With this type, some areas become brighter and more contrasting, and some - vice versa. Accordingly, the localization of the pigment both in the epidermis and in the dermis. Adequate therapeutic tactics can only lead to partial regression.

Differential diagnosis of melasma should be carried out with secondary hyperpigmentation (for example, after simple dermatitis from sunburn, peeling, etc.), Sivatta poikiloderma, dermatitis, Ryll melanosis, poikiloderma skin lymphoma, Ota nevus, pigment xeroderma and a number of other dermatoses.

Treatment of melasma

It is necessary to find out individually what factor was not available in the development of the disease. It is recommended to stop taking oral contraceptives, a detailed examination of a gynecologist-endocrinologist. There is also a study of liver function, the appointment of hepatorotectors (vitamin E, essential). Obligatory effective photoprotection using sunscreens with maximum protection against ultraviolet rays A and B. Patients are advised to wear hats, avoid sun exposure, especially from 10 am to 16 pm (even with adequate photoprotection), to refuse visits to the solarium. These measures aimed at reducing the exposure of UFOs, especially should be observed during pregnancy and during the first months after childbirth. For external therapy, use long courses of azelaic acid, topical retinoids, benzoyl peroxide, ascorbic acid, resorcinol (gamma Iklen, Merk Medikasion Familihal), chemical peelings with hydroxy acids (alpha, beta and polyhydroxy acids) or trichloroacetic acid, hydroquinone and other drugs . A good cosmetic result can be given by laser skin resurfacing, photorejuvenation and dermabrasion. Inside with the goal of inhibiting the formation of melanin is prescribed ascorbic acid (vitamin C) and tocopherol (vitamin E).

Prevention of melasma

Prevention of the disease includes effective photoprotection In pregnant women, women taking oral contraceptives, and the perimenopause period, as well as in individuals with hereditary predisposition to melasma.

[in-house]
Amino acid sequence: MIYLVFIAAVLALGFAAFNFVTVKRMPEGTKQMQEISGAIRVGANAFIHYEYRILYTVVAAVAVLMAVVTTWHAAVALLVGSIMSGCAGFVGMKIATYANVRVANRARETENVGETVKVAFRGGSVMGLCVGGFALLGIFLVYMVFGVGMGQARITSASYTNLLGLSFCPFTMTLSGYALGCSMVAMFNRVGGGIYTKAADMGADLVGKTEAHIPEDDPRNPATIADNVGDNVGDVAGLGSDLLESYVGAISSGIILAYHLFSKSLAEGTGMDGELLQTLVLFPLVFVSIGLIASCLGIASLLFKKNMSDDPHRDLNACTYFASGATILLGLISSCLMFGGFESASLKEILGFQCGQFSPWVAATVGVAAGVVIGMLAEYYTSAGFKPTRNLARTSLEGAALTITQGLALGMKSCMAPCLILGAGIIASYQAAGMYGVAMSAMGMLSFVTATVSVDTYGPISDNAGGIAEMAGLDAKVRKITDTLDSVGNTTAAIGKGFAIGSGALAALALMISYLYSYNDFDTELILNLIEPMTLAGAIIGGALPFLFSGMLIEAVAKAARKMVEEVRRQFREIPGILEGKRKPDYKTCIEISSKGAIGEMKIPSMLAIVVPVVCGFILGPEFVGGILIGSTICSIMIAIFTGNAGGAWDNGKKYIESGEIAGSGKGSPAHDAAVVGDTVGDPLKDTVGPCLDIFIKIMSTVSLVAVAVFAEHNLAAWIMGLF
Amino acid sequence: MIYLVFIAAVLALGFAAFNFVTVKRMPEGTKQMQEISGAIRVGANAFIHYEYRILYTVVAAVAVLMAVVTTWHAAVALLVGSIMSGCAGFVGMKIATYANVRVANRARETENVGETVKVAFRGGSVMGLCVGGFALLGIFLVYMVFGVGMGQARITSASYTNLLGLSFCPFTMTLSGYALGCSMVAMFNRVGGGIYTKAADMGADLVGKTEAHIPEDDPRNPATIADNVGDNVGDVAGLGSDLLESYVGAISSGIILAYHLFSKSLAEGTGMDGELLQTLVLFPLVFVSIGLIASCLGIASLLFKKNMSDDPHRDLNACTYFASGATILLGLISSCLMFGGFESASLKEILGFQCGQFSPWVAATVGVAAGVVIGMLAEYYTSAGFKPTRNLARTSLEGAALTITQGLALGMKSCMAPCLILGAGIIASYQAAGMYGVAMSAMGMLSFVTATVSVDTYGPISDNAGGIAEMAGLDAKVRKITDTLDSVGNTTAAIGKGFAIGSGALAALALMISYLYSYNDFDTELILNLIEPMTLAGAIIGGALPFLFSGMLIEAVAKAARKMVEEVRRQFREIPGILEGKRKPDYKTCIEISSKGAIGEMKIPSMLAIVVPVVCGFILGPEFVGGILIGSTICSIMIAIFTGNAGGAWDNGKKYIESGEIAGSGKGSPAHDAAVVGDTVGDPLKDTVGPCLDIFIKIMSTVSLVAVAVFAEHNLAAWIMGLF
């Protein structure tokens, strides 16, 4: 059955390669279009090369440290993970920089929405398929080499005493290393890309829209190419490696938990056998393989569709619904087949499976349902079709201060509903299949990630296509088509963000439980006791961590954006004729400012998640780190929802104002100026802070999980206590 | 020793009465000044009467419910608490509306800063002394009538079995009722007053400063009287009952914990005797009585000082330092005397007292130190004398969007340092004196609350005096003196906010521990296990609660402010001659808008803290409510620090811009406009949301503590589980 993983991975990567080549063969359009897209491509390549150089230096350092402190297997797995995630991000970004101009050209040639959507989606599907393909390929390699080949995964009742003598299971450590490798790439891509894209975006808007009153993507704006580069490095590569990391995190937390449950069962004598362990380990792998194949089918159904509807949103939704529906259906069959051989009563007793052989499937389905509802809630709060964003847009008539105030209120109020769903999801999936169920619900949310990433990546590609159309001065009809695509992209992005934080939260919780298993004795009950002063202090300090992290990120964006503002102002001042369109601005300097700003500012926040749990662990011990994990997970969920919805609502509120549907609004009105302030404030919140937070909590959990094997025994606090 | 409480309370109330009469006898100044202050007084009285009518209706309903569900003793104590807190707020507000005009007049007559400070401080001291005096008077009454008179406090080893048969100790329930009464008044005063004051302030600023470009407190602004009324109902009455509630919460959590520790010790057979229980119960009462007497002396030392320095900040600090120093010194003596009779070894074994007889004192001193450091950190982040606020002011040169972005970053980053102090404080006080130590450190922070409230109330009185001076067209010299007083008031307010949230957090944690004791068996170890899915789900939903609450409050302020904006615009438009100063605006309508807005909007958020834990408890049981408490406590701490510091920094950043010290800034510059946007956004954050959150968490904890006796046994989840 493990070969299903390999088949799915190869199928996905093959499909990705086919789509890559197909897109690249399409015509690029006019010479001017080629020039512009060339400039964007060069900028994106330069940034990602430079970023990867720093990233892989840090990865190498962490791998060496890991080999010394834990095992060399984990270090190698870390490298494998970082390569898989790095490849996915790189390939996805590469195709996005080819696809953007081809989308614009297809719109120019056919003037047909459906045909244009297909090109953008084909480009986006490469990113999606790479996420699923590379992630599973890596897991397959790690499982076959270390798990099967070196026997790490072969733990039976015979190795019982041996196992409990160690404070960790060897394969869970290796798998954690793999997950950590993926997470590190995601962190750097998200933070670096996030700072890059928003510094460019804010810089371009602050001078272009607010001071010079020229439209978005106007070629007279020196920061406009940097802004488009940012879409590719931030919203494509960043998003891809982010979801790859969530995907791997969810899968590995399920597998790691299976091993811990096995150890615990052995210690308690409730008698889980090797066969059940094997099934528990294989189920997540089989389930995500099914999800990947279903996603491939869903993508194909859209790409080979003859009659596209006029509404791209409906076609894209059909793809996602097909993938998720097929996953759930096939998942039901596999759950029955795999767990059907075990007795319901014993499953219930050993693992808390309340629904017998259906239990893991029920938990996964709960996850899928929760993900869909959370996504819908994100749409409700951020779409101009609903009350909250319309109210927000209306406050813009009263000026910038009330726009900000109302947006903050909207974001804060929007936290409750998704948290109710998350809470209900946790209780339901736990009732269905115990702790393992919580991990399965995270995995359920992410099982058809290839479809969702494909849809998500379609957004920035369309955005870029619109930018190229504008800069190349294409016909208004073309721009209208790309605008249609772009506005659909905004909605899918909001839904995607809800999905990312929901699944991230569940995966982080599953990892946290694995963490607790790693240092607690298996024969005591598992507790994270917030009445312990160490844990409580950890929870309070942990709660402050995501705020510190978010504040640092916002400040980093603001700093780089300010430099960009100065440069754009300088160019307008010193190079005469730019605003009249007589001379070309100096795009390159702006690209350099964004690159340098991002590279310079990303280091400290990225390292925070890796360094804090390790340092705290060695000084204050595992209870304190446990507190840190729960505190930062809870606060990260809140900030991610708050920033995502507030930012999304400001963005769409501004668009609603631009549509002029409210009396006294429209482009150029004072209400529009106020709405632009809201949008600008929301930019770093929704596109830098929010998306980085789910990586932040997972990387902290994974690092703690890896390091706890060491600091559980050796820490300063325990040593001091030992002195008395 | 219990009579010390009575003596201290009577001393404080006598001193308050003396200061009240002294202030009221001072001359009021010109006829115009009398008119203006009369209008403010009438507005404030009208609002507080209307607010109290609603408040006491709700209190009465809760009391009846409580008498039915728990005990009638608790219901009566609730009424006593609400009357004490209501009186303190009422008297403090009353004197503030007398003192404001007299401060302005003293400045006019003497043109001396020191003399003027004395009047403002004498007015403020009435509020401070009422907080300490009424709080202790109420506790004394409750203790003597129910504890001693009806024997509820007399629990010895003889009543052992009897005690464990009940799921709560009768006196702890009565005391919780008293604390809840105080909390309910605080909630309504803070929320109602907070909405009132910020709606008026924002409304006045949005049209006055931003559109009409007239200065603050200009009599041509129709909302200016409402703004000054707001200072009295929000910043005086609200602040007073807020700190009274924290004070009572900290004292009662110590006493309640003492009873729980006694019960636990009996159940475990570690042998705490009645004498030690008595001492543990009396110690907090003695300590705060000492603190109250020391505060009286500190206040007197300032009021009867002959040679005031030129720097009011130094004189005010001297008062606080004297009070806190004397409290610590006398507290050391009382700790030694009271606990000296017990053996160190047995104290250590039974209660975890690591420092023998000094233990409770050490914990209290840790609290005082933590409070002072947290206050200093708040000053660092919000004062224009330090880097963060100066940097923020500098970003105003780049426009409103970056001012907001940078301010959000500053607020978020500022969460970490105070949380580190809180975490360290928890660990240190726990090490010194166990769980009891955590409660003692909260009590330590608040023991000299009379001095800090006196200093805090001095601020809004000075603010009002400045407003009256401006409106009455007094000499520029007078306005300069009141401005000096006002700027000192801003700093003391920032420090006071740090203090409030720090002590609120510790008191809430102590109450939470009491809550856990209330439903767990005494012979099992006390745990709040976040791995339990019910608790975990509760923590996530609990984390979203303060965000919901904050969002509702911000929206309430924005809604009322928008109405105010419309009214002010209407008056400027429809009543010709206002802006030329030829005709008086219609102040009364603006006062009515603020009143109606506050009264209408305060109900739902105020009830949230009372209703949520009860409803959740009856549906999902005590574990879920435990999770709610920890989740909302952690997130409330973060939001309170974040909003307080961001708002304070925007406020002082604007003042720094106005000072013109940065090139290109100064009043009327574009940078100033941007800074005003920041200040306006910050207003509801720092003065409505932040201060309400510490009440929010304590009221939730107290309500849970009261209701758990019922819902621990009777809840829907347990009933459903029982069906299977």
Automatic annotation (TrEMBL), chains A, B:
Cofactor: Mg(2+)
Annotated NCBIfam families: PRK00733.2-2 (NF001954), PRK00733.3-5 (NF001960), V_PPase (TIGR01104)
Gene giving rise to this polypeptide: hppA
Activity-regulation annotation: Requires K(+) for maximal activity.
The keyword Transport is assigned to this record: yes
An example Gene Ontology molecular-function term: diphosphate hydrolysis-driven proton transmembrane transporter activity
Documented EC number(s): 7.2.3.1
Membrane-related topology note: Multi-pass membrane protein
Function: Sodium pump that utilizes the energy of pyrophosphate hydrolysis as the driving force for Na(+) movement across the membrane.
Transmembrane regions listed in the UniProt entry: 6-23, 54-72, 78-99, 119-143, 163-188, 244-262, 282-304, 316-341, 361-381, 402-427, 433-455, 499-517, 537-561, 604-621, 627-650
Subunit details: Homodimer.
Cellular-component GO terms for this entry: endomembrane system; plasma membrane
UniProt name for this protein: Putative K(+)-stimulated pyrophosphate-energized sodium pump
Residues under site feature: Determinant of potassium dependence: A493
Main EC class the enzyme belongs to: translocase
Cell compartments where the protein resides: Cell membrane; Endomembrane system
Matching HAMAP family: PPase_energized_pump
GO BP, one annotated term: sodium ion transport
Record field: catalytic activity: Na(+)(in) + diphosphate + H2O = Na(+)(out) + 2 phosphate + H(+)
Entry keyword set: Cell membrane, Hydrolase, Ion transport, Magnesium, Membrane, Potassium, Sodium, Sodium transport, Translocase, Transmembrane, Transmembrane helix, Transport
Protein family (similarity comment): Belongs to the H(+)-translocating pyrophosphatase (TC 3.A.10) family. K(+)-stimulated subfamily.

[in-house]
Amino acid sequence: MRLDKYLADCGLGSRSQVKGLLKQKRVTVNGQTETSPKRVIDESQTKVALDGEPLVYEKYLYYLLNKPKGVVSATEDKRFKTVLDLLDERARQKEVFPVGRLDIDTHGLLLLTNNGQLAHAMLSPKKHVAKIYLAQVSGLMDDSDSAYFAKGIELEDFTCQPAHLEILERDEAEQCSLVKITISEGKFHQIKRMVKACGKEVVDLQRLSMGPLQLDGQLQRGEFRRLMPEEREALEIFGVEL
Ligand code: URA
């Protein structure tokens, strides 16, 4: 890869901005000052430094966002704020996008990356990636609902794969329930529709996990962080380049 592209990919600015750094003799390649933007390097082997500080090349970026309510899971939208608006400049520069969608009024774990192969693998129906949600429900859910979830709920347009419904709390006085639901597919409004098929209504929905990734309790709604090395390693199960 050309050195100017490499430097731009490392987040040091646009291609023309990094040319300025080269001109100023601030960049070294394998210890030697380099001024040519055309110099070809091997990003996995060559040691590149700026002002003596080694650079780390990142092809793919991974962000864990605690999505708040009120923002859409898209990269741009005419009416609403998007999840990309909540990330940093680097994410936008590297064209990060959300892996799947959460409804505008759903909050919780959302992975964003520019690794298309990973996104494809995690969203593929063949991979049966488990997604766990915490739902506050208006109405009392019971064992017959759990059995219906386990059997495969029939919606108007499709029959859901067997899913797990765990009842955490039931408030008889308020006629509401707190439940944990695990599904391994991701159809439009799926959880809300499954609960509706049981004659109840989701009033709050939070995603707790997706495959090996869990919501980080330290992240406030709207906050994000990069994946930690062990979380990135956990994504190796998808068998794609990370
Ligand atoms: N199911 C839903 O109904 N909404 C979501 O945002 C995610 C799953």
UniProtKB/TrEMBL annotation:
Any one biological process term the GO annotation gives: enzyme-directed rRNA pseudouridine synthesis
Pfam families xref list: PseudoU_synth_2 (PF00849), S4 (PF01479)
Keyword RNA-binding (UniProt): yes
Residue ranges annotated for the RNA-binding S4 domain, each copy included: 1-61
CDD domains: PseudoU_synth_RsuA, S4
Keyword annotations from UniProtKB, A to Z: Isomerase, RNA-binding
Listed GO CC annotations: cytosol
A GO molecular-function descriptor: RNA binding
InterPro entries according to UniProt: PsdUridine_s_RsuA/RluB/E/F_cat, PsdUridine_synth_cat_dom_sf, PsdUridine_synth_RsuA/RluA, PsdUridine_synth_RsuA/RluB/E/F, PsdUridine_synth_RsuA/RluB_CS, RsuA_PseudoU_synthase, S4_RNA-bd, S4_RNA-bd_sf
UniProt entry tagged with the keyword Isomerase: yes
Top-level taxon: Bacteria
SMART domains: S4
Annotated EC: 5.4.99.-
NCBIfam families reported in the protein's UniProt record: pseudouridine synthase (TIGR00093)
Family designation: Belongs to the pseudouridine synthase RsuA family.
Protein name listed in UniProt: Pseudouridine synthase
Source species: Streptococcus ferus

Nevus Becker

Nevus Becker is a non-melanoma pigmented formation.

Causes of Becker nevus

Causes and pathogenesis are not known. It occurs in 0.5% of men in the population. In women, it is rare and can be combined with various stigmata of disembriogenesis (hypoplasia of the breast, spina bifida, etc.).

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Symptoms of nevus Becker

The onset of the disease in adolescence. A focus of light brown color on the skin of the shoulder, front surface of the thorax, back is characteristic. Rarely affects the skin of the face and neck. The hearth has, as a rule, a linear or segmental arrangement. In the future, dark hair appears on the background of the spot. Histologically, an increase in the amount of melanin in melanocytes is revealed, there are giant melanosomes, there may be an increase in the number of melanocytes. Sometimes a large number of smooth muscle cells are detected (in this case, the formation is diagnosed as a smooth muscle gammarth).

Diagnosis of nevus Becker

The diagnosis is made on the basis of a characteristic clinical picture. Differential diagnosis is carried out with a giant pigmented nevus, nebulized nebulis, "coffee and milk" spots in Recklinghausen's disease.

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Treatment of nevus Becker

Traditional methods of bleaching, peeling, laser-construction, dermabrasion give, as a rule, a negative aesthetic result. Recommend camouflage.

Nevus Ota and Ito

Nevus Ota and Ito belong to the primary ceruloderma. Nevus Ota (dark blue ophthalmic-maxillary nevus) and Ito are described in the middle of the last century by the Japanese. However, they can also occur in people of other nationalities.

The causes of nevuses Ota and Ito

Causes and pathogenesis are not known.

Symptoms of nevuses Ota and Ito

The disease begins in childhood or adolescence. Characteristic grayish-blue pigmentation with fuzzy boundaries on the coca of the temporal region and eyelids (nevus Oga) or in the brachiocephalic region - along the neck and shoulder (nevi Ito), asymmetric. With nevus Ota lesions on the skin are combined with ocular hypermelanosis - grayish staining of the sclera of the eye. Histologically, melanocyte-rich melanocytes, which have processes, are revealed in the dermis.

Diagnosis of nevuses Ota and Ito

Clinical diagnosis is not difficult. Differentiate from post-traumatic hematoma, melasma, fixed erythema.

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Treatment of nevuses Ota and Ito

Recommend cryodestruction, laser destruction, microdermabrasion. Due to the incomplete effectiveness of these methods, dermatological camouflage is shown.